Friday, May 22, 2009

tumors spur depression

The Scientist | Tumors can cause classic symptoms of depression in rats, according to a new study published online in PNAS this week.

"What's really cool about this paper is that it shows without a doubt that there are depressive-like behaviors induced in these rats before these rats become [sick]," said Keith Kelley, an immunophysiologist at the University of Illinois at Urbana-Champaign, who was not involved in the research.

Researchers have long known that individuals suffering from chronic illness are at a greater risk of depression, but whether it was a direct cause of the illness or a psychological reaction to being sick was unclear. "By using this animal model of cancer we were able to isolate just the physiological effects of the tumors from the psychological effects that you get in human studies," said Leah Pyter, a behavioral neuroscientist at the University of Chicago, who led the study. "The tumors themselves are sufficient to induce depression."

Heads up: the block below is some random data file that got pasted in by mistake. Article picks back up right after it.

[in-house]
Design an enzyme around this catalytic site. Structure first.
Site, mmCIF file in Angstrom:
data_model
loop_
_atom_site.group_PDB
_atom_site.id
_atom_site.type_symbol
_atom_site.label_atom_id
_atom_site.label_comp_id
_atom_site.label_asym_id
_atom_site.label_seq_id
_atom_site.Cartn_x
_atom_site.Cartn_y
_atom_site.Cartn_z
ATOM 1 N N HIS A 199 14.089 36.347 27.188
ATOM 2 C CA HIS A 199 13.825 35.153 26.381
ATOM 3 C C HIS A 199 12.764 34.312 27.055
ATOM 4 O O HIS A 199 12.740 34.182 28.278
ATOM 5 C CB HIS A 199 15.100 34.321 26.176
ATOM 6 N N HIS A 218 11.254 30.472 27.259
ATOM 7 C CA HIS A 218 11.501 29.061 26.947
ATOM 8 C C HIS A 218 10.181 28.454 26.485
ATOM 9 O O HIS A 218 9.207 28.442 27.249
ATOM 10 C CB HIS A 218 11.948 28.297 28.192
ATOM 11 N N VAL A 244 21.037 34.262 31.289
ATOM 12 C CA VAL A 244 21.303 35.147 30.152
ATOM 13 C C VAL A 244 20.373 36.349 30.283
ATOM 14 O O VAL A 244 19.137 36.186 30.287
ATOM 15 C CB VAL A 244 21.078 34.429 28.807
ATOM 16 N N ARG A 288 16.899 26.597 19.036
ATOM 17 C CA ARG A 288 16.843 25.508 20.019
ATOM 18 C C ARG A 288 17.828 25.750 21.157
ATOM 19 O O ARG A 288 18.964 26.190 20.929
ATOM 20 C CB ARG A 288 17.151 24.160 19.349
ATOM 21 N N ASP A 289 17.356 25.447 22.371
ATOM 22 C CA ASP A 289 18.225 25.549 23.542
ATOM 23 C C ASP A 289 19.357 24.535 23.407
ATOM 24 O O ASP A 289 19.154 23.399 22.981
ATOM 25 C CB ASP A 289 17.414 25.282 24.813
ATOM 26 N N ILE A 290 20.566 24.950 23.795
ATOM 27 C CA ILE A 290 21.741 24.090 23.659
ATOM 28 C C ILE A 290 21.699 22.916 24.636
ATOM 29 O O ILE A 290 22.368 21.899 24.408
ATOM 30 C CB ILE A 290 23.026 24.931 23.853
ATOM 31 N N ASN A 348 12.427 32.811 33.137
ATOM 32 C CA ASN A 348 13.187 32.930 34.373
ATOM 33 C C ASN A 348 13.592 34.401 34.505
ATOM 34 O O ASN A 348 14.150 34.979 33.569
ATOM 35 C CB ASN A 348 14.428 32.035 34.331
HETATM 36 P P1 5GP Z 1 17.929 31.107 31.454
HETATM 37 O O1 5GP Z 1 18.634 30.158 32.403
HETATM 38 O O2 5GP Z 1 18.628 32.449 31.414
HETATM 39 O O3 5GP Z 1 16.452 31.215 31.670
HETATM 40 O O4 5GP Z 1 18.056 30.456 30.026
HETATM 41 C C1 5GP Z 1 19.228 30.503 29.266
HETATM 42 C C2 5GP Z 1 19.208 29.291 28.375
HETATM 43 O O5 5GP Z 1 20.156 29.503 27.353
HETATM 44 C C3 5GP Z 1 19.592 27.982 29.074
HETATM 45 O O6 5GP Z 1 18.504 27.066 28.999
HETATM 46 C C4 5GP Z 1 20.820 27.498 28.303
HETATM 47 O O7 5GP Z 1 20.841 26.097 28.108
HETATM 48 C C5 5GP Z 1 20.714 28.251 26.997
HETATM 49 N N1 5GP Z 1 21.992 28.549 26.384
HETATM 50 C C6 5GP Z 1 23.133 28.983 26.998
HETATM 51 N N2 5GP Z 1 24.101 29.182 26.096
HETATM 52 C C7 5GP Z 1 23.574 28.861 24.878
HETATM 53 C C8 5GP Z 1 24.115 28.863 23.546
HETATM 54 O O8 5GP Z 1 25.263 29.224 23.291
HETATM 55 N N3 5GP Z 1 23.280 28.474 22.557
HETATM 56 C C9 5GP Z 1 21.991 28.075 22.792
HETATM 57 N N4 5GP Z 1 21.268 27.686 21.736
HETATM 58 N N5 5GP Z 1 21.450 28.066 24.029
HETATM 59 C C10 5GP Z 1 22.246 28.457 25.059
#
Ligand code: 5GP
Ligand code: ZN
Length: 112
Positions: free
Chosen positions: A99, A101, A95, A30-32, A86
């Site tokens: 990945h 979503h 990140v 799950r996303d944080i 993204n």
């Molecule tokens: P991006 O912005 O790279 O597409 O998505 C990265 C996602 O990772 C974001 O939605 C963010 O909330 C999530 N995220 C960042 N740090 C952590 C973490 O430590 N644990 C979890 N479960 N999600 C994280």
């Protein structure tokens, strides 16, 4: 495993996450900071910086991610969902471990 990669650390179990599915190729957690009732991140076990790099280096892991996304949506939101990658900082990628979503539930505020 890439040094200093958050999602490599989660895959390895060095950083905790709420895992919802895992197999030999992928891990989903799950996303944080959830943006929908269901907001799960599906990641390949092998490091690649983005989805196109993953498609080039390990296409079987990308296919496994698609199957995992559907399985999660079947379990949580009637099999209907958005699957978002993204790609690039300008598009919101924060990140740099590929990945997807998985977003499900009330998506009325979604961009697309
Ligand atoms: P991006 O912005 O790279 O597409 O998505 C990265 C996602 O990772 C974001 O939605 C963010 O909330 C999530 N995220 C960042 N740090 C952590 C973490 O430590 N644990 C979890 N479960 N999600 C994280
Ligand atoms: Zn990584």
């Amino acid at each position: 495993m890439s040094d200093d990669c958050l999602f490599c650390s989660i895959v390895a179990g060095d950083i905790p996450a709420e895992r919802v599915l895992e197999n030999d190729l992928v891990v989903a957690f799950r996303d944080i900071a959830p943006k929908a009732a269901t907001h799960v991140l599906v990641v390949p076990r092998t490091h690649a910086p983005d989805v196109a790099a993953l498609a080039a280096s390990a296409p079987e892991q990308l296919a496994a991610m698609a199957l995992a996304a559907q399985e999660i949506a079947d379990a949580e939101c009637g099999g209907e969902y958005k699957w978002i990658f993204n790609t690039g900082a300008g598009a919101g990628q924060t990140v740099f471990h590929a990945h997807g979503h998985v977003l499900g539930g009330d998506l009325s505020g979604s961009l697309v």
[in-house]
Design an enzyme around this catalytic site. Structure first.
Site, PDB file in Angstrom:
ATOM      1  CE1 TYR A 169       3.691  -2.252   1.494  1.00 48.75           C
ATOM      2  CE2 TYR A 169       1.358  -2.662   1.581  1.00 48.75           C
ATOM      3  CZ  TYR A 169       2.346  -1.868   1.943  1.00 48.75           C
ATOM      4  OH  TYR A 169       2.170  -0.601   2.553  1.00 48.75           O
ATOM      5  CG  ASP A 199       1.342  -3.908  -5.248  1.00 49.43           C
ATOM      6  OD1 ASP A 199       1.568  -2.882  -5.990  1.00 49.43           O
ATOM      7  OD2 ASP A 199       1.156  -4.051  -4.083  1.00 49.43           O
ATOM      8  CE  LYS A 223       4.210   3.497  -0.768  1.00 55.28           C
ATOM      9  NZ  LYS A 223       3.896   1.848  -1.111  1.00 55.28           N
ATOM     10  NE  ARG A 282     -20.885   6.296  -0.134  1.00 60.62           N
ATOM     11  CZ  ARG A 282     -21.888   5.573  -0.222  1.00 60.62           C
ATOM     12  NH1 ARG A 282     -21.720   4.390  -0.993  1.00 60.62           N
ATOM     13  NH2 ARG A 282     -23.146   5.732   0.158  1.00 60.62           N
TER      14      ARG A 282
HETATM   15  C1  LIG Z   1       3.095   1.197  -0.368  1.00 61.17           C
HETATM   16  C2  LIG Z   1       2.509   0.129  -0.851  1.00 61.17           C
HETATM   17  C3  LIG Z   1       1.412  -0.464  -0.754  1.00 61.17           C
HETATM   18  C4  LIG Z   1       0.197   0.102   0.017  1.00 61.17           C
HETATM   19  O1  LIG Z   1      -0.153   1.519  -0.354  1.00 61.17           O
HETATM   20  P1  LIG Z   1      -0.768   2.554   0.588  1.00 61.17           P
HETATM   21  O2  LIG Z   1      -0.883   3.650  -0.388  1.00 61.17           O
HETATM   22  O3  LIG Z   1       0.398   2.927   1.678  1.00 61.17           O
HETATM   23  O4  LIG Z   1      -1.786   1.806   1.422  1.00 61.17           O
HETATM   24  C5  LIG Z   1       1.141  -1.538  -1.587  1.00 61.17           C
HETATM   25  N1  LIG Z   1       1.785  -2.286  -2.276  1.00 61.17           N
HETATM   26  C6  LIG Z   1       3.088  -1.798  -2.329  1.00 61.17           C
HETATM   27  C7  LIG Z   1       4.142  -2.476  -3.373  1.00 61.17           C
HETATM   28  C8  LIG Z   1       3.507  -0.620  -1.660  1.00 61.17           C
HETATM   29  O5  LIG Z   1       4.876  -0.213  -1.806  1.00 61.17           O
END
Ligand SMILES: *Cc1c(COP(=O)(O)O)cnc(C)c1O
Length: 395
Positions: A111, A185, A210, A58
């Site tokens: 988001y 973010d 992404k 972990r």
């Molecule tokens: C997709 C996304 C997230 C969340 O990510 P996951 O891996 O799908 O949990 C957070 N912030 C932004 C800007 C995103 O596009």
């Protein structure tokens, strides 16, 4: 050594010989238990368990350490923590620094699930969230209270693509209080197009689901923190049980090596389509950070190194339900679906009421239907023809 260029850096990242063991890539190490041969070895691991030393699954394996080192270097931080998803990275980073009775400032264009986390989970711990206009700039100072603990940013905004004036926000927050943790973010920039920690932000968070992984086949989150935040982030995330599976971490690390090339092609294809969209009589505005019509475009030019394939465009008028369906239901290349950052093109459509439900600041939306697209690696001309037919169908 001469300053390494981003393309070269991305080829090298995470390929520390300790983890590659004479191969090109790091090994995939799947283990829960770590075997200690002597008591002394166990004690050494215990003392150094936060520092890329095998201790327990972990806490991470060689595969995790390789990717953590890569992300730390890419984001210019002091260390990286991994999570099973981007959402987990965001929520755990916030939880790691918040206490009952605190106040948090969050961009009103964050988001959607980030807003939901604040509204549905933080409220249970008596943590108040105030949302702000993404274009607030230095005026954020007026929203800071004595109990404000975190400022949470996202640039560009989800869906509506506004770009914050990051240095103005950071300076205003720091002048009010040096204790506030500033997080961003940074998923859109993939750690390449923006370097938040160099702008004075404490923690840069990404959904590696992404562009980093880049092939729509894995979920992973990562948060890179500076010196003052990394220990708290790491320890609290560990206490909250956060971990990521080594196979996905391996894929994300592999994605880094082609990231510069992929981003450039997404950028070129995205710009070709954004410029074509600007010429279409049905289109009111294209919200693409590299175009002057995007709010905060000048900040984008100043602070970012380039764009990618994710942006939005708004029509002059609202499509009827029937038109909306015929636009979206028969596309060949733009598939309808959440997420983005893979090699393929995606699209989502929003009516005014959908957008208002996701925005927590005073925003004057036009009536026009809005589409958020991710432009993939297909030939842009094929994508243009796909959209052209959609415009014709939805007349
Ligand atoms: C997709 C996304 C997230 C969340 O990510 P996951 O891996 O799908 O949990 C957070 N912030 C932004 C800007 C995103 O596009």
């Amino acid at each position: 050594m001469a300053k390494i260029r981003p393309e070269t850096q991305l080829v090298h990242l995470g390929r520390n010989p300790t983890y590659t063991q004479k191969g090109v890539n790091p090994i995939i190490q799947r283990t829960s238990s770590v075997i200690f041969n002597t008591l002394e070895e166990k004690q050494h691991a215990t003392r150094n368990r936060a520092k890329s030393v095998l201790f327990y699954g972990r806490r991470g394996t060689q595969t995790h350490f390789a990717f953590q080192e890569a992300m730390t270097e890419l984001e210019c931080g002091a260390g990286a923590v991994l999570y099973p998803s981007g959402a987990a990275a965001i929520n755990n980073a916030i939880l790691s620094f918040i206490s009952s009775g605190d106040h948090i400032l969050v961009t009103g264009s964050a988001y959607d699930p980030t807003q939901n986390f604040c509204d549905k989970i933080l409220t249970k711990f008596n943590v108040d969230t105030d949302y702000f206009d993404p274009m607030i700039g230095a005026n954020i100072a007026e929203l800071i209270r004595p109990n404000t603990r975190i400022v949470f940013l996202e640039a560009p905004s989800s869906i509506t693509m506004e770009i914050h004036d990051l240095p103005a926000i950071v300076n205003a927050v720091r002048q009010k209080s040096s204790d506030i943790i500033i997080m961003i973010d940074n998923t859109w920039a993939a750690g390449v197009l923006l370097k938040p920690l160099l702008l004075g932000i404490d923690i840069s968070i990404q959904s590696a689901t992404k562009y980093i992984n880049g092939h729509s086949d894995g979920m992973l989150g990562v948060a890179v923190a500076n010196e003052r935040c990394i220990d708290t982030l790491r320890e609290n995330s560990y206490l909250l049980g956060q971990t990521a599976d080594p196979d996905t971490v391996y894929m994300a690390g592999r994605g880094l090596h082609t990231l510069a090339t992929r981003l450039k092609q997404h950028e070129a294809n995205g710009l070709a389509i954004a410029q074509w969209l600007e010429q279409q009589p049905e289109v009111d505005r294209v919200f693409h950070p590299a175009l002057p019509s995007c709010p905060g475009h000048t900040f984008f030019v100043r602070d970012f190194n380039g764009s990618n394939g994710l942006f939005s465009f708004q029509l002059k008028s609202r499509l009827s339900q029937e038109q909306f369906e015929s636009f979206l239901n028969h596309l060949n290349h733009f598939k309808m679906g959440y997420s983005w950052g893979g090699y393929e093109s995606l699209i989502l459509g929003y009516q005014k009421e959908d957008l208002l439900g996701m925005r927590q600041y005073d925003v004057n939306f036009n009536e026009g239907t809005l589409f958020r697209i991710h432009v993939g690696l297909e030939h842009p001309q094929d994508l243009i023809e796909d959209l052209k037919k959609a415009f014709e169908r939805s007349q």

Pyter and her colleagues induced mammary tumors in rats using a chemical carcinogen known as N-nitroso-N-methylurea (NMU). In a forced swimming test, the rats with chemically induced tumors spent more time floating instead of swimming compared with healthy controls, a classic sign of depression. And while healthy rats prefer weak sugar water to tap water, the rats with tumors showed no such preference.

The rats exhibited these depressive-like behaviors well before they showed any overt signs of illness from the tumors themselves. They showed no difference in eating habits or social behavior, and they did not lose weight, like rats with an induced acute infection often do.